As the army chained and pad locked the school yard gates locking us inside, probably 25 soldiers, and no doubt additional plain clothes security, asked people to move one block away from the voting station. Inside, the chief of the polling station allowed us to watch silently outside the room with the door open and to take photos as the vote count started. Each ballot was removed one by one. It was placed on a scanner and the ballot with its identifying number was shown on a 4 foot by six foot screen. Each watcher, whether from March 8 or March 14 checked it, wrote down of his/her list the voter number (no names are used) nodded to the Chief, marked their Master Sheet, and the next ballot was taken from the voting box. The atmosphere was serious, polite and everyone appeared exhausted but proud of their work. When the chains were removed from the gates ( it took two signatures from ranking officers to accomplish this feat) we departed the voting station commending the soldiers, and poll workers, many of whom had not slept for two days they told us, for their accomplishment of running a largely exemplary voting process. Our delegation concluded that this aspect of Lebanon’s election had been administered very well.
The serious problem our team observed and one that could have been easily avoided concerned the very long voter lines which were unnecessary. In every voting station we observed, while there may have been an average of eight to ten poll watchers, five security people and three staff at the head table administering the balloting, there was only one voting booth at each station. This resulted in hundreds of people, at many voting stations, spending four hours or more in the sweltering heat, some with small children or babies. I saw many elderly looking as if they could not stand up much longer. Why each station did not have a dozen voting booths is an open question.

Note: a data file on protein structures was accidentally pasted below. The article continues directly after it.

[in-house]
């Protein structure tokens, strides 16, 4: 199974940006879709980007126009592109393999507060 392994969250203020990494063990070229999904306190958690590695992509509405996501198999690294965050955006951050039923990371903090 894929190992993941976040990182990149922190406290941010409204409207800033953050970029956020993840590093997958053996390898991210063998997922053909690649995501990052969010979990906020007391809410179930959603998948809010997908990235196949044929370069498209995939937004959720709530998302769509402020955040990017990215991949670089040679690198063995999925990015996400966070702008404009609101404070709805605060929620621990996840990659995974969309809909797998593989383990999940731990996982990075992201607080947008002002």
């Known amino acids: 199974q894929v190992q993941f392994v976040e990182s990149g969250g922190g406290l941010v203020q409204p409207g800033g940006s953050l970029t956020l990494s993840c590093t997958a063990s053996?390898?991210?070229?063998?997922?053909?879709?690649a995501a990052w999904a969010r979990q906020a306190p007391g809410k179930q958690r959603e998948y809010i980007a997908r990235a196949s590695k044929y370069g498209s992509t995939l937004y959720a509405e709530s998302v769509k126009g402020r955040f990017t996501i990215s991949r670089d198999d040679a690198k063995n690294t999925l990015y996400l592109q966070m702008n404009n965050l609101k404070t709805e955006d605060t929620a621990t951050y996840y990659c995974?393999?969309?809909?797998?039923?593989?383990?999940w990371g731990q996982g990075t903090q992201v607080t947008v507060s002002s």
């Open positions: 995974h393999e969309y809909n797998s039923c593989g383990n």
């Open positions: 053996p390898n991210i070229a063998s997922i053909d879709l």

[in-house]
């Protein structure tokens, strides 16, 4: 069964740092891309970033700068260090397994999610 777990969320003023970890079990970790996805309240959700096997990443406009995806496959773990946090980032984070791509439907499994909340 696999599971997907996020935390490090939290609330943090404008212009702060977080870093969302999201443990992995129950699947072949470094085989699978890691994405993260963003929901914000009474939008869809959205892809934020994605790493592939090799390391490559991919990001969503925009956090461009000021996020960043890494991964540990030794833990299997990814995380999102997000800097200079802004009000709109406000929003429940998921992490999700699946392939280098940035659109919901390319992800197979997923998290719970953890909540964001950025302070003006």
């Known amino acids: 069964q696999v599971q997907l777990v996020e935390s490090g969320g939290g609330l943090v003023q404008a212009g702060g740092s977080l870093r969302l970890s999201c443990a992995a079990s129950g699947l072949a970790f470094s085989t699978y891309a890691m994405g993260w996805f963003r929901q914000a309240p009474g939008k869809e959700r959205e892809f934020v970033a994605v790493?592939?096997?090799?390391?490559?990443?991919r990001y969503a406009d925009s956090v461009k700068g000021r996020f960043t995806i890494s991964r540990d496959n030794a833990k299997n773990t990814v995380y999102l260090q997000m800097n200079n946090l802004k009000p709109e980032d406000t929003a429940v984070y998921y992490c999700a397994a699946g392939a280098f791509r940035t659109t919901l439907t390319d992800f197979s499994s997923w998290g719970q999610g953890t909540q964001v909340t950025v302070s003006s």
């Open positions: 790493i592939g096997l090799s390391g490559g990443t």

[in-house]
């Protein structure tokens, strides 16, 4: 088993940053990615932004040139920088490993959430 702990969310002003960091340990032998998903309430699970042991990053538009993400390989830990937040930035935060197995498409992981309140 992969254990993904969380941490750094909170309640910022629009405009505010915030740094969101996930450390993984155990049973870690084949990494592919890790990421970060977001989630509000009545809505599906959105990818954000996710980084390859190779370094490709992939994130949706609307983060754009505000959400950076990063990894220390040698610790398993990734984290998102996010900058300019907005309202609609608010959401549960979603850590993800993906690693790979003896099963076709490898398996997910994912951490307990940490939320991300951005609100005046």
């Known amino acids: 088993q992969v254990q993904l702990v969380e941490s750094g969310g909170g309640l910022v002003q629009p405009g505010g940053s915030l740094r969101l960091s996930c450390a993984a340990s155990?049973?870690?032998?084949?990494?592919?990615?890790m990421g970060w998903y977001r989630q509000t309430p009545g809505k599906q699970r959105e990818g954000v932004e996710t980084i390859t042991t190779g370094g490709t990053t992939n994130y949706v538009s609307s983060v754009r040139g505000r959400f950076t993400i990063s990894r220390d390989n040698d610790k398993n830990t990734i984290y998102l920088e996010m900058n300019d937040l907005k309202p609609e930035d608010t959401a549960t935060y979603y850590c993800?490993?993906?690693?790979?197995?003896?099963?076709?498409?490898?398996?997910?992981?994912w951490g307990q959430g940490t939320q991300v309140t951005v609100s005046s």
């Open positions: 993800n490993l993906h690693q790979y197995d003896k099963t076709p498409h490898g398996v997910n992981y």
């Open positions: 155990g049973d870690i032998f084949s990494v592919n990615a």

Many Lebanese worked hard for months from the different parties and all labored proudly with hope for their unique country and society which saw a record average turnout at 53 per cent up from 45 per cent in 2005. In highly contested Districts such in Metn and Akkar, the average turnout was 65 per cent. Hundreds of thousands of registered voters remained abroad and this is one reason why 53 per cent may not seem impressively high, but actually it is. Those based here such as Lebanese government employees, who voted two days early so they could work on Election Day, achieved turnout figures between 89 per cent and 95 per cent, a record for Lebanon. In non-competitive or already decided Districts, some Lebanese preferred a day of relaxation at the beach or with family and friends to a sometimes long trip to their village to vote, and sometimes only then to cast a vote that will not affect the outcome of the election.
Franklin Lamb is doing research in Lebanon. He can be reached at email@example.com.